Two years ago, Ohio teacher Kim Kozbial-Hess designed an online project that brought together three schools to study the Underground Railroad.
Last year, the project expanded to nine schools and earned a name -- Project T.O.U.R. (short for Teachers of the Underground Railroad).
This year, the Underground Railroad project is building steam. Kozbial-Hess has teamed up with Jim Wenzloff, a technology consultant, to create a new Web presence for the project -- The Underground Railroad T.O.U.R.!
The two educators hope many teachers will jump on board the T.O.U.R. this year!
"I already taught this topic as part of the fourth-grade curriculum on Ohio studies," Kozbial-Hess told Education World. After the session, she returned to her school and shared an idea with her principal. "She was very excited and has been instrumental in assisting me with grants to carry out the project," Kozbial-Hess recalled.
When the project debuted, Hess was working in her school district as an educational technology trainer. That year, "the students met online and in person through field trips," said Kozbial-Hess, adding, "we worked together to come up with a brochure and a booklet on UGRR sites in our area and throughout Ohio. We also produced a CD with students' Power Point programs on it and an ABC booklet."
The project is linked to state proficiency outcomes, she added.
Now that the Web site is up and running, Kozbial-Hess and Wenzloff hope to construct a digital "quilt" in which school communities may submit facts and photos about Underground Railroad activity in their areas. The site will also offer written accounts created by students of imaginary journeys along the UGRR.
"I think it is a good subject for kids to study because most of the states east of the Mississippi can study it from both a local standpoint and from a national standpoint," Wenzloff explained. "It is easier for kids to understand history when they can personalize it. There is not a great deal about it in most school history books -- usually only a map and a story about Harriet Tubman.
"Kids need to realize that African Americans did everything they could during slavery to escape or rebel against it," added Wenzloff. "This is an important part of our heritage that little is written about."
"One of the goals I have for this project is for students to become aware of the Underground Railroad," Kozbial-Hess explained. "So many sites [along the UGRR] are now being destroyed. Older people are remembering information they heard from ancestors -- so now is the time to take action.
"Another goal is for students to become friends across the district," she added. "This has happened. Students come from very diverse schools across the city to work together for a common goal. Now I want to extend that with the power of technology as students connect with others around the United States and hopefully Canada, use map skills, understand the trials and tribulations of slavery, and especially become more familiar with the technology."
"Our overall goal is to have students develop projects -- Web-based, writing, reading, plays, photographs, drawings, and more -- about the UGRR and to share them with other students via the Web," Wenzloff told Education World. "To become involved in the project, teachers can visit our Web site.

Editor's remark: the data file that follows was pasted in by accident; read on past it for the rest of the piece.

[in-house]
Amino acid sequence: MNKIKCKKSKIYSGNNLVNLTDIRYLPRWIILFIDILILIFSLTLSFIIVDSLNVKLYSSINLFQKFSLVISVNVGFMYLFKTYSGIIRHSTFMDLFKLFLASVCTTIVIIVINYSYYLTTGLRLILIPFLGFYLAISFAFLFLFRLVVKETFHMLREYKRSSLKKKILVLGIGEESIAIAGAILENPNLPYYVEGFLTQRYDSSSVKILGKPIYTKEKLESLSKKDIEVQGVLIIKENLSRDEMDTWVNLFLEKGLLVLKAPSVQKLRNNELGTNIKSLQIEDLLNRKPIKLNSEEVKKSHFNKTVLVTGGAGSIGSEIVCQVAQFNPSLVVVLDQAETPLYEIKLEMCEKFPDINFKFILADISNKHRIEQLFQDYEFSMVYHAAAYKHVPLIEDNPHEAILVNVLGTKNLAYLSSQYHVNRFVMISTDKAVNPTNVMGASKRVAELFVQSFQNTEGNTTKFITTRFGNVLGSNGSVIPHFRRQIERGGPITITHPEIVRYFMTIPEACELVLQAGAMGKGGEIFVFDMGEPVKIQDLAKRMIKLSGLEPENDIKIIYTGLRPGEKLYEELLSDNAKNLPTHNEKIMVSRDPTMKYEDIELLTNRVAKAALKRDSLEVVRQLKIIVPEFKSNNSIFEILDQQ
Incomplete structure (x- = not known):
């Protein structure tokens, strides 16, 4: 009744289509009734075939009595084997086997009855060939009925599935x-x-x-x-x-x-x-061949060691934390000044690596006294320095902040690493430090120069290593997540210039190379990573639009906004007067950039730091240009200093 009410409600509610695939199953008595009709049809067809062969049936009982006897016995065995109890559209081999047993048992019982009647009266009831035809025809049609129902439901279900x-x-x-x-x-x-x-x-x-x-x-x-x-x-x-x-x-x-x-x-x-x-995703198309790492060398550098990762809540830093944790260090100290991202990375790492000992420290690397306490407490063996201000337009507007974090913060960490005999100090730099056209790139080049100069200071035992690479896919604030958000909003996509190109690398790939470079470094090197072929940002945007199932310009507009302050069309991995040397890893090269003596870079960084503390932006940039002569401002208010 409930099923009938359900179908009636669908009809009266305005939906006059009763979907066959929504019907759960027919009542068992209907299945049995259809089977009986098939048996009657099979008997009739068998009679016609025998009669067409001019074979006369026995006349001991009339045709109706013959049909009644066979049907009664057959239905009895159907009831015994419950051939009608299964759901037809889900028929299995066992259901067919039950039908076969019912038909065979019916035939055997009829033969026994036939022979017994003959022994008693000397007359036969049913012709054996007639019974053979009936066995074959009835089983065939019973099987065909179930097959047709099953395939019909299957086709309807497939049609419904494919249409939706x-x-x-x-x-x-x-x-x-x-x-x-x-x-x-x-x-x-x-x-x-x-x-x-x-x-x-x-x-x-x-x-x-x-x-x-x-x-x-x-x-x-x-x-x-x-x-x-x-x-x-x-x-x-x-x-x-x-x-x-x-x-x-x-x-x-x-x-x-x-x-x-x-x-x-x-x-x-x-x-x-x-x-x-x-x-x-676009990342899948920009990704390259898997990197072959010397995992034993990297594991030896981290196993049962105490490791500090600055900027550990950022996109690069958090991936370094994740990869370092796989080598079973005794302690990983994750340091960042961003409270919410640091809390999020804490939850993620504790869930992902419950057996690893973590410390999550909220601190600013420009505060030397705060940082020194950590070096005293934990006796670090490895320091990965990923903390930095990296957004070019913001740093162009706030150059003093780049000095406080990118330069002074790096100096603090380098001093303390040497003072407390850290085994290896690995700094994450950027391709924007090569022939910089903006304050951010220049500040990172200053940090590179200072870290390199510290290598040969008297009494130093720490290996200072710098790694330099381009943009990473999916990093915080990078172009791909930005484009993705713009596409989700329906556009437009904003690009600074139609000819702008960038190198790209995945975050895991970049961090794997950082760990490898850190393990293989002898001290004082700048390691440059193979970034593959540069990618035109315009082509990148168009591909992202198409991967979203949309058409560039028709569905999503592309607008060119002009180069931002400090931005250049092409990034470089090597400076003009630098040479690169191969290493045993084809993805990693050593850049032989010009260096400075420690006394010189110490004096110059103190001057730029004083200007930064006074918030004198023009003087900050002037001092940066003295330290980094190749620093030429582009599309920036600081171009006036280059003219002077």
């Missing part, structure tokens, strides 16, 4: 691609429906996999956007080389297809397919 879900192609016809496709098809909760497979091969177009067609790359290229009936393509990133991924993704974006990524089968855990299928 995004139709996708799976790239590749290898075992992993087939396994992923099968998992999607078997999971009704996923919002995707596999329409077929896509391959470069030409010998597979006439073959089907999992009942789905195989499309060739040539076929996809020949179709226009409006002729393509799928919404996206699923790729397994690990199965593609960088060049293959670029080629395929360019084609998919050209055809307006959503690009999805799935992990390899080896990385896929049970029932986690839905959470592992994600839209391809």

"Next, I am setting up a literature-based project in which kids will read a book about the Underground Railroad and then interview two specialists about it," he said. "The specialists will also read the book. One specialist lives in a house that was a station on the Underground Railroad, and the other is the educational specialist for the Charles Wright African American Museum in Detroit, Michigan. The interview should take place this spring."
Wenzloff is also seeking local teachers who would like to work on reports or projects on the UGRR in Michigan.
Kozbial-Hess thinks that projects such as hers are valuable classroom endeavors. "I believe that students should become aware of all history," she said. "They should understand the past and the connection it has to the present. This project is one way to break down any barriers and come together in friendship and understanding of an important event in the history of our nation."
Though he knows that the project has room to grow, Wenzloff sees a bright future ahead. "I really hope that by using the Web, we can encourage students and teachers to share what they are studying with each other and that we can all learn more by helping each other," he said. "It will take us a while to get this going, but it will work."
Quilts and the Underground Railroad
This third-grade social studies lesson introduces students to the hidden meanings behind blocks in "freedom quilts" used to help slaves make their way along the Underground Railroad.
Aunt Harriet's Underground Railroad in the Sky
A third-grade language arts lesson, this activity shares, through literature, the varying degrees of freedom experienced by slaves.
Our Virtual Underground Railroad Quilt
Created by elementary students, this site has interesting facts about the Underground Railroad and wonderful handmade artwork.
Black History Month All Year Long
This site has enough black history resources to keep you busy for an entire year! Links to lessons are included, along with sources for folktales, the Underground Railroad, and the Amistad.
Aboard the Underground Railroad
This section of the National Park Service Web site includes a map of several Underground Railroad routes, a bibliography, and a great deal of historical information.
Walk to Canada - Tracing the Underground Railroad
Follow historian Anthony Cohen as he traces by foot one of the routes of the Underground Railroad, from Maryland to Canada. (Began May 4, 1996).